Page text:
Book cover report - Blender and the Jagged shadows
I have been making steady progress on the spaceship I am designing for the cover of my latest book, number six in the dark galaxy series of sci-fi novels. It looks a lot more like a spaceship every time I work on it, but I am far from happy with it yet. I'm using Blender to create the book cover, which is a 3D application, like the sort of thing used to do CGI in Hollywood movies. How it works is, you use points in a virtual space connected by edges and surfaces to define a 3D shape, then this shape is colored and virtual lights are shone on it, before a virtual picture (called a render) is taken of it. It’s a complicated way to male a picture, but the results are worth it.
Like I said, I’m quite happy with the slow progress I’m making as I create the image for the book cover, but even so every time I fire up Blender to do some work on it, there is always something that catches my eye that I think could be made better. This time the thing that caught my eye was the shadows on the slanted areas of my spaceship, areas such as the arrow-shaped nose. The shadows on these angled surfaces looked striped. The darker areas in places looked like crosshatching done with a wide paintbrush rather than naturalistic shadows. I needed a way to minimize or remove them, and so I went searching across the interwebs, and I soon found that I was not the only one with these issues. There were plenty of questions on Stack exchange, like this one, searching for a solution.
This post is about writing and designing the cover of book six of the Dark Galaxy series, but part one, Galaxy Dog, is already available:
What starts as an ordinary invasion of an alien planet brings to light an ancient archeological site of huge importance. A young man called Knave makes a life-changing discovery there and rises from a lowly position as an infantry trooper to become a player among the powers of the galaxy.
The entire series so far is available to buy from Amazon.
I found one suggested solution here. The solution says to play with the softness setting of the virtual lights being used to illuminate the model. That sounded very logical, but there was just one problem. There was no softness slider in my version of Blender. It turns out that this softness control was recently removed. I discovered on Reddit that the control was removed due to continuing work on the system Blender uses for shadow casting. You used to have to chose between two types of shadows, which were ESM or VSM, but since version 2.81 Blender doesn't use either of those anymore. They've switched over to using a method called PCF shadow mapping, or Percentage Closer Filtering, which is both faster and less prone to light leak. The softness slider is called ‘sub-pixel jitter’ by the team of dedicated volunteer devs who keep evolving and bettering Blender, and it looks like they're ditching it in favor of a system which softens shadows depending on the size of the virtual light. It was all very interesting, but it didn’t help me solve my problem, so I kept on going down various internet rabbit holes, looking for some clue.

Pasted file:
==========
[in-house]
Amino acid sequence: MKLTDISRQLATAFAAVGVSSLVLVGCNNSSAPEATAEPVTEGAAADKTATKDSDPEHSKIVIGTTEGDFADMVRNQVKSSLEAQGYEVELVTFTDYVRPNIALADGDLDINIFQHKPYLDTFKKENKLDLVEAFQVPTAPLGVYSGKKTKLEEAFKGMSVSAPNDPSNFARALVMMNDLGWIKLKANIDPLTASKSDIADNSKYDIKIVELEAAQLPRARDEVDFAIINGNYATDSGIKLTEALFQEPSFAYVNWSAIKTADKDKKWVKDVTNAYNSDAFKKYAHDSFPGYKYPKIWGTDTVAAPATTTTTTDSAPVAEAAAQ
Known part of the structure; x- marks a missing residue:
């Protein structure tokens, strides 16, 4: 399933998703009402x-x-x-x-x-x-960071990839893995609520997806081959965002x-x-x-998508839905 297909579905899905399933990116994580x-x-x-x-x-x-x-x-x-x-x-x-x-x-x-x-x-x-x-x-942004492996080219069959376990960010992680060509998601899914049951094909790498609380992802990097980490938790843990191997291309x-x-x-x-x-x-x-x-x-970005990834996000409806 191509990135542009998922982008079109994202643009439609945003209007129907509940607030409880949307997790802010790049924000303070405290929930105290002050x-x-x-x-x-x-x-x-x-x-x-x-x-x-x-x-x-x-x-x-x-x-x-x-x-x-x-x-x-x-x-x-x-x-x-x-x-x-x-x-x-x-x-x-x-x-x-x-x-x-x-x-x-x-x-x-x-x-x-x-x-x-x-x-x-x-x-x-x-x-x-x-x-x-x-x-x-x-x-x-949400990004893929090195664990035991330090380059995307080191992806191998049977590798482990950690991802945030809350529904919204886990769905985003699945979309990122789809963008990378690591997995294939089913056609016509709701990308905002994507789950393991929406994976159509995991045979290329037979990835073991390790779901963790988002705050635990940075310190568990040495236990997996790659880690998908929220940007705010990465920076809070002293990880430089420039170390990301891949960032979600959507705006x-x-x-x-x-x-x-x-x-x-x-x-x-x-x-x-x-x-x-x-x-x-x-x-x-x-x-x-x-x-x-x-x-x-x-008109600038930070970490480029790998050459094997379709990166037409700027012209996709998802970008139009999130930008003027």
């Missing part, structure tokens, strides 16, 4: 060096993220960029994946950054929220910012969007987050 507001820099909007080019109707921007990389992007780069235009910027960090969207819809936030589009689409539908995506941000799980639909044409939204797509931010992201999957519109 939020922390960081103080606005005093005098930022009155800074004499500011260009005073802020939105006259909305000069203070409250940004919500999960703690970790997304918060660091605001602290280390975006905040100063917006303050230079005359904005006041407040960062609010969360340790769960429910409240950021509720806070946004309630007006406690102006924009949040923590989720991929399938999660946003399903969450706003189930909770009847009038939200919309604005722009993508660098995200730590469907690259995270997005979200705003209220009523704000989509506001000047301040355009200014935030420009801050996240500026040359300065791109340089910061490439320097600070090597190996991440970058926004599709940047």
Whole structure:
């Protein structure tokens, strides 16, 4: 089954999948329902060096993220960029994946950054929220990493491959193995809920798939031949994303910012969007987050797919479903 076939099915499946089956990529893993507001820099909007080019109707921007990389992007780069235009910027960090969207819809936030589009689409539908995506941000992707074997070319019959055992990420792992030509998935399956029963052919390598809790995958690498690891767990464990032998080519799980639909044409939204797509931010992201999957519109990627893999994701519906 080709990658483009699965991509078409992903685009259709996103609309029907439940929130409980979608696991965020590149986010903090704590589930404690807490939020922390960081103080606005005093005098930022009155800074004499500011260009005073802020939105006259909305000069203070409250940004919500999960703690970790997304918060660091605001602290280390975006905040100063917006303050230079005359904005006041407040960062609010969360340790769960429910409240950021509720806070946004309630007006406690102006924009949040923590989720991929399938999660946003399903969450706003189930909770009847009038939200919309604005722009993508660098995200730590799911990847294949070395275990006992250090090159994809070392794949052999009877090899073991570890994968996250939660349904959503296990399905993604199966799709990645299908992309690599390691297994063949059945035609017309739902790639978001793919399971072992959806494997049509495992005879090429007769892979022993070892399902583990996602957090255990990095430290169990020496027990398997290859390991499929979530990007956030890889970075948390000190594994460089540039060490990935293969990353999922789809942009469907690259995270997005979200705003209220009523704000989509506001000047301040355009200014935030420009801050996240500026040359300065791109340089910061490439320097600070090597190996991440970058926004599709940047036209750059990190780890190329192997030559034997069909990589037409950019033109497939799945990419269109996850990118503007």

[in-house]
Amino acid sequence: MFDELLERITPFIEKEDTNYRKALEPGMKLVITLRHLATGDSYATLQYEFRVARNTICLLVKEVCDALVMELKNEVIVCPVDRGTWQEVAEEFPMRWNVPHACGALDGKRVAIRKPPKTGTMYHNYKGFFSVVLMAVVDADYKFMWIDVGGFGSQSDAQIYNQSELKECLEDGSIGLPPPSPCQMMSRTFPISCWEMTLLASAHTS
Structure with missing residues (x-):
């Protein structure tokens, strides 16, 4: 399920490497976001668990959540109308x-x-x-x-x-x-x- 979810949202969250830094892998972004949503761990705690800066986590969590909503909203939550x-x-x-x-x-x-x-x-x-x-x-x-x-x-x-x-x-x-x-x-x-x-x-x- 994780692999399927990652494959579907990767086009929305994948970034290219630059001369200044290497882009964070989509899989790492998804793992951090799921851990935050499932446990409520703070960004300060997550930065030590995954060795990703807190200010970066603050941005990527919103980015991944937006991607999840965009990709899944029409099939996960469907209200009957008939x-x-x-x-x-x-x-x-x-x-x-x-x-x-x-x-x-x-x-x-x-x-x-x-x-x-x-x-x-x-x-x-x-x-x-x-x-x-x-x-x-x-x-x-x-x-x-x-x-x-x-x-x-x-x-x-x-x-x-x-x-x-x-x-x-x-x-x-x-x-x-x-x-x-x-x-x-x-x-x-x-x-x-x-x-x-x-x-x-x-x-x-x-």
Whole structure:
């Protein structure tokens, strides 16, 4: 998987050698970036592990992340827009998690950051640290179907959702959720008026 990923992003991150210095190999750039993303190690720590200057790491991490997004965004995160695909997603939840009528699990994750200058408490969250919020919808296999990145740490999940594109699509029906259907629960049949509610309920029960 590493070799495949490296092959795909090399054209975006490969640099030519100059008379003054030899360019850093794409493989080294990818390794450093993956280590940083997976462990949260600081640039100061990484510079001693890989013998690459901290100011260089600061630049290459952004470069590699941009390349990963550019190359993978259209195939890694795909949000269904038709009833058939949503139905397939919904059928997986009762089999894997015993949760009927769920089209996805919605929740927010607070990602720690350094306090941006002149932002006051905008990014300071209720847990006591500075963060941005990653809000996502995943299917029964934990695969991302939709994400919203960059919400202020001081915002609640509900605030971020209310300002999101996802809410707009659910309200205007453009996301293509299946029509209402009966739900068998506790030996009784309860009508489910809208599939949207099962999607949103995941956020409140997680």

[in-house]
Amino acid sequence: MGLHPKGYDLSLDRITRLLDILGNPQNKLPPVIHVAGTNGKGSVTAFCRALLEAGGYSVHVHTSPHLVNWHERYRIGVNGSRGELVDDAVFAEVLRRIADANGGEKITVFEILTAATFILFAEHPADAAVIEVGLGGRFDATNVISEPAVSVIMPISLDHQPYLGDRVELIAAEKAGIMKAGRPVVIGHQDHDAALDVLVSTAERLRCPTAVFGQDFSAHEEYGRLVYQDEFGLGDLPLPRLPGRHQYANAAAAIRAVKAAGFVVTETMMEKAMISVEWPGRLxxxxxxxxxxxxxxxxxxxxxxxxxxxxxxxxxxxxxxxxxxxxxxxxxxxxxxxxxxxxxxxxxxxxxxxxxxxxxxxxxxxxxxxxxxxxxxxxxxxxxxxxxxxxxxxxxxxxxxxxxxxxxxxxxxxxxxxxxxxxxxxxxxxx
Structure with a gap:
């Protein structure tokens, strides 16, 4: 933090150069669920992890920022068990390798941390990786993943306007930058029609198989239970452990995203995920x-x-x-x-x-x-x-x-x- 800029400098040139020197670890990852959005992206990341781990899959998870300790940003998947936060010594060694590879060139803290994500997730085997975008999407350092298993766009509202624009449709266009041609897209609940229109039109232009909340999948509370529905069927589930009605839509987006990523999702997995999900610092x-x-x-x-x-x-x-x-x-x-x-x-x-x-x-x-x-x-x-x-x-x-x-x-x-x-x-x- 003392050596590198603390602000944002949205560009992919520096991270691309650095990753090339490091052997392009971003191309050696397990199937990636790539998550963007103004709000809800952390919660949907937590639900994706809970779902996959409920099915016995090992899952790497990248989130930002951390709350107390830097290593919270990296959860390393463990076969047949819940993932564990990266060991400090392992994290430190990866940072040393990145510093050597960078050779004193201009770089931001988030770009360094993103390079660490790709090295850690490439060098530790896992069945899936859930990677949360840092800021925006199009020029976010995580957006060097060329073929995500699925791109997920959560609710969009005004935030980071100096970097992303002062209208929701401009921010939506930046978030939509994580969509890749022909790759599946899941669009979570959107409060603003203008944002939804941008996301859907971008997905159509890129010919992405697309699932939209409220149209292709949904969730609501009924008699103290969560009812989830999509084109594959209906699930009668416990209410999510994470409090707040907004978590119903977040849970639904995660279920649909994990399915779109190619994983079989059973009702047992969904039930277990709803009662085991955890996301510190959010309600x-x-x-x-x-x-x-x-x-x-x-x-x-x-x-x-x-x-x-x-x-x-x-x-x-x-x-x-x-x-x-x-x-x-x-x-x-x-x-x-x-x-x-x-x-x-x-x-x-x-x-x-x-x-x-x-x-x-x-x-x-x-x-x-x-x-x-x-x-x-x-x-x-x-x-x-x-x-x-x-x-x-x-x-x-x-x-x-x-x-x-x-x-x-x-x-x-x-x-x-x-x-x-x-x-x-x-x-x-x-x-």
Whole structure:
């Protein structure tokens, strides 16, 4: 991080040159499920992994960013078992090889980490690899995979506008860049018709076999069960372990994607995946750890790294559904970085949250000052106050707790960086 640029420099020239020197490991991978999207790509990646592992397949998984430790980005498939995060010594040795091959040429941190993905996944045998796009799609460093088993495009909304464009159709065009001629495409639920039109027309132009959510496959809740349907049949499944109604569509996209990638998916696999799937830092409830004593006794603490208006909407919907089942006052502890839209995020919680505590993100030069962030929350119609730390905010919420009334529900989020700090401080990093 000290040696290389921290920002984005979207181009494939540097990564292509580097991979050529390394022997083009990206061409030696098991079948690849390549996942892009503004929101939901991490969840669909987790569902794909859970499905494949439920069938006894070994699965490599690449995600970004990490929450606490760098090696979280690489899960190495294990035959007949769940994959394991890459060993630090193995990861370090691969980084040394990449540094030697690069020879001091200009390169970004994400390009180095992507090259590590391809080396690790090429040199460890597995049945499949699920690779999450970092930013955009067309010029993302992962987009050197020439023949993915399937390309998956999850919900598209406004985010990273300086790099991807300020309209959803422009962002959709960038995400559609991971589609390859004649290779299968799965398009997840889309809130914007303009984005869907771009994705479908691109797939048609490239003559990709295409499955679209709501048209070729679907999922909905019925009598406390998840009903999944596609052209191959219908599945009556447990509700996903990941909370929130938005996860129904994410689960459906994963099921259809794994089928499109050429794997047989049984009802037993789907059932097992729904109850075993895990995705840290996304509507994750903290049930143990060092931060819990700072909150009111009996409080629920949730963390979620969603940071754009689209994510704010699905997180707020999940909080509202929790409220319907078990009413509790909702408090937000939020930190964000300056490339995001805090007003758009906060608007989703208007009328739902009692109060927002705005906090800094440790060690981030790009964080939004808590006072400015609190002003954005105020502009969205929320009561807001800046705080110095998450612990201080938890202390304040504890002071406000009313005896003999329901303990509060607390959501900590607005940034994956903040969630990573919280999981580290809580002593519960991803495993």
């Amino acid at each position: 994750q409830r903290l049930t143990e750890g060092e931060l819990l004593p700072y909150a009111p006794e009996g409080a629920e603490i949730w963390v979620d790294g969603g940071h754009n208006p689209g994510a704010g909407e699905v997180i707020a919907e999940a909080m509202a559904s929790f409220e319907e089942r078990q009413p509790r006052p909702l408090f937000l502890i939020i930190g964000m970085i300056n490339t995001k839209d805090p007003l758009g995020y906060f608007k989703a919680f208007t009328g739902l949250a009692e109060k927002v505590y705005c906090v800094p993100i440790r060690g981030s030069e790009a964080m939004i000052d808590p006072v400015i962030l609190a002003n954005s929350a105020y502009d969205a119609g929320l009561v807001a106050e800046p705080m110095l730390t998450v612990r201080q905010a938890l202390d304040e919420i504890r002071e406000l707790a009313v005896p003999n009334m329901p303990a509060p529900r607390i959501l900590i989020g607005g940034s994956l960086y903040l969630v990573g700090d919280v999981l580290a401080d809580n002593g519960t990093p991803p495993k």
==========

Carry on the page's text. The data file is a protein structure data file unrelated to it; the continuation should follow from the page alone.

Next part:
I found a few more hints relating to size, again on Reddit, though not the size of the virtual lights. The threads that looked like they might contain a promising solution were talking about something called ‘cube size’ for most of the virtual lights, or ‘cascade size’ for the special virtual light used to simulate sunlight. The advice was to enable high bit depth under properties/render/shadow, which I did, then increase clip start and decrease clip end under properties/light/shadow, which I didn’t do. No for any good reason, I simply got distracted before getting round to making those changes. After experimenting it turned out cube size was the important setting for making shadows work better on sloped surfaces, but the higher the cube size I chose, the slower Blender started to react.
After a lot of fiddling I managed to create a set up of lights that weren’t hitting sloped edges too indirectly, which meant I could get pretty good results with a cube size that didn’t slow my computer to a crawl. The shadows still haven’t completely lost their jagged edges, but the problem is a lot less eye catching now. It is also a problem that is more noticeable across a flat area of the model, so the more greebles and complications I add, the less of a problem the jagged shadows become.
So my cover image keeps slowly marching toward a state where I will be happy enough with it to upload it to the agregators I use to reach the reading public. I guess I’m going to have to do some more work on writing the actual story to go with the cover. I only have just south of 40,000 words so far, which is far short of where that needs to be.
I feel very positive about the whole project, though. Both the story and the cover are gradually taking shape and, if everything goes to plan, they should both reach completion and get uploaded to Amazon, Kobo, Smashwords, and all other reputable purveyors of ebooks at pretty much the same time. To end, just a reminder that the best way to support this blog is to buy one of my books. Simply go over to Amazon, or Kobo and get one.